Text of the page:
Barry Lake Trail

Just before reaching Govan Lake, riders are required to navigate a kilometre-long stretch of rough doubletrack in order to link up with the Barry Lake Trail. The Barry Lake Trail is a 17km stretch of forest access road and includes a significant amount of climbing before riders are rewarded with an epic descent all the way to the K&P trailhead. As the route approaches the rail trail, riders will be spoiled for choice in terms of available Crown Land campsites, including Belanger Lake, Battery Lake and Blithfield Long Lake. These sites are available at any time, no reservations required.

Campsite at Blithfield Long Lake

Upon reaching the rail trail, head right and follow a rough section of the K&P trail past a small campsite on the shores of Clyde Lake (caution ought to be exercised if camping here, as the site is clearly visible from the rail trail). After approximately 11km, riders enter the small hamlet of Flower Station, where the route makes a right, doubling back via Flower Station Rd., before eventually making a left onto Stoney Lonesome Rd., a rough section of doubletrack.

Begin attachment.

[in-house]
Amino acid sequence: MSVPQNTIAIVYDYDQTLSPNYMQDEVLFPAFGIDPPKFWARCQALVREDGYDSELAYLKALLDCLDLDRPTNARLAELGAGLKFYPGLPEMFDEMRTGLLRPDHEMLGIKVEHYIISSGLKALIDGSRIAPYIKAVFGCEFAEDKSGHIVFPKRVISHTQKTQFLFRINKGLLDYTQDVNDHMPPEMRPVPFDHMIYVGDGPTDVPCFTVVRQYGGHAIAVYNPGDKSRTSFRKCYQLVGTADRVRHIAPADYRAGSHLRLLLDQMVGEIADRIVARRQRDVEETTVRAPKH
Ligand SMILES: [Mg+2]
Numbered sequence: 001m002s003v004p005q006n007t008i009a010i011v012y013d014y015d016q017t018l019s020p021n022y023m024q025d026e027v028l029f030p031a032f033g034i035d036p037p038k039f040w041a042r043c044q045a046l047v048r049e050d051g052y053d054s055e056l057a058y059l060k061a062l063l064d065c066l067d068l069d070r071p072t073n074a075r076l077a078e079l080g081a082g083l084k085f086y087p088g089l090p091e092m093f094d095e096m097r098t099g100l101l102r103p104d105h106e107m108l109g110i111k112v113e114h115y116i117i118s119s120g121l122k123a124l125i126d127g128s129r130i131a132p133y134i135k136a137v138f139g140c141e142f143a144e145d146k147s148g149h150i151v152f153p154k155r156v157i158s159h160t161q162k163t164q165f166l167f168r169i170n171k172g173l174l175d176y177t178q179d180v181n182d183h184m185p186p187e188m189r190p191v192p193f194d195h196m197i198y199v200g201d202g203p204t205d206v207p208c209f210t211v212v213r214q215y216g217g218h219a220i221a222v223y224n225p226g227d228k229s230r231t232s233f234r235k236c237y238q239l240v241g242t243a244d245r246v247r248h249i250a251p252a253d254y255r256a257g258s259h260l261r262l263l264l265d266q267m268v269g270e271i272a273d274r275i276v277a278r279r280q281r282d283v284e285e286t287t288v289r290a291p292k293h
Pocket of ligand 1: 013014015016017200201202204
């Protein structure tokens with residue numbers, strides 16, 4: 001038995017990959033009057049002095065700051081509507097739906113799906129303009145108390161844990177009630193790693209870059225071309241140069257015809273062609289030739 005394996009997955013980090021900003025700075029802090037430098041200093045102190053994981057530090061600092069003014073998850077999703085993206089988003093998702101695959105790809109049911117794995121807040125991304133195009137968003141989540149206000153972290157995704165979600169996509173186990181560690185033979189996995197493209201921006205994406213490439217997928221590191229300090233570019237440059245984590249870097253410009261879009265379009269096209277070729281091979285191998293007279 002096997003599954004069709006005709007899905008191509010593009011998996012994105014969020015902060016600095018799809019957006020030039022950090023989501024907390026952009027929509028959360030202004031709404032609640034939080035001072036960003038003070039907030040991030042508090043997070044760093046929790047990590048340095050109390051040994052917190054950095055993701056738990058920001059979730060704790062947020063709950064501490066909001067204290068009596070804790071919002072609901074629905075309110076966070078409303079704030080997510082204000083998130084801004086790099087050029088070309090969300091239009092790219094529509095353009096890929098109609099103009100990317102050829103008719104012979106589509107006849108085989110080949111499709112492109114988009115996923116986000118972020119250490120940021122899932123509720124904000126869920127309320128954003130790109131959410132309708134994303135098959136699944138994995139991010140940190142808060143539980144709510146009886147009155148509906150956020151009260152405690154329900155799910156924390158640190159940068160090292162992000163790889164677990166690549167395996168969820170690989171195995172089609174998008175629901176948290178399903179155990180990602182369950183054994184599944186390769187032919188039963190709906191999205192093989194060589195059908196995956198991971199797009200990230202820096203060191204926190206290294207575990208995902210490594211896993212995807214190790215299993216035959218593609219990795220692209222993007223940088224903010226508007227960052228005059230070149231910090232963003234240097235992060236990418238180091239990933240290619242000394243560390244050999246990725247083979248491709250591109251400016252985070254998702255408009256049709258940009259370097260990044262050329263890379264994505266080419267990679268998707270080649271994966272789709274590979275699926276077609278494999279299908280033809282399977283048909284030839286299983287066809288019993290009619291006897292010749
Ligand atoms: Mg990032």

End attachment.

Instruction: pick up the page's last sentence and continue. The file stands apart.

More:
Stoney Lonesome Rd.

Eventually, after approximately 3km, the loop leaves the doubletrack behind in favour of some scenic (and hilly!) single-lane forest roads. This section of the route also provides access to at least two pretty campsites. The first, on the northern shores of Dobbie Lake, can be reached via a poorly maintained ATV track (and could use a fire ring). The second site on the southern shores of Lavant Long Lake is located on a small peninsula, taking full advantage of the breeze coming off the lake to keep the insects at bay.

Some of the forest access roads that dominate this section of the route.

Continue south on sandy forest access roads, past a small three-sided shelter, before reaching a second section of rough (and at times wet) doubletrack and following it for over 3km back to the K&P trail. Make a left and continue north on the rail trail to Clyde Forks Rd. Follow this gravel road east to two pretty Crown Land campsites. One on the northern shores of Joes Lake, and the second just off route on the southern end of Green Lake.

Green Lake campsite

Upon reaching Joes Lake, proceed south, climbing steadily up Black Creek Rd. before eventually descending to South Lavant Rd. After a brief section of pavement, the loop returns to gravel and continues south on Umphersons Mill Rd. to Ranger Camp Rd. Follow this legendary section of unmaintained west, past several Crown Land campsites to Lavant Mill Rd. Here, make a left and head south for approximately 12km, past Dalhousie Lake to MacDonalds Corners Rd.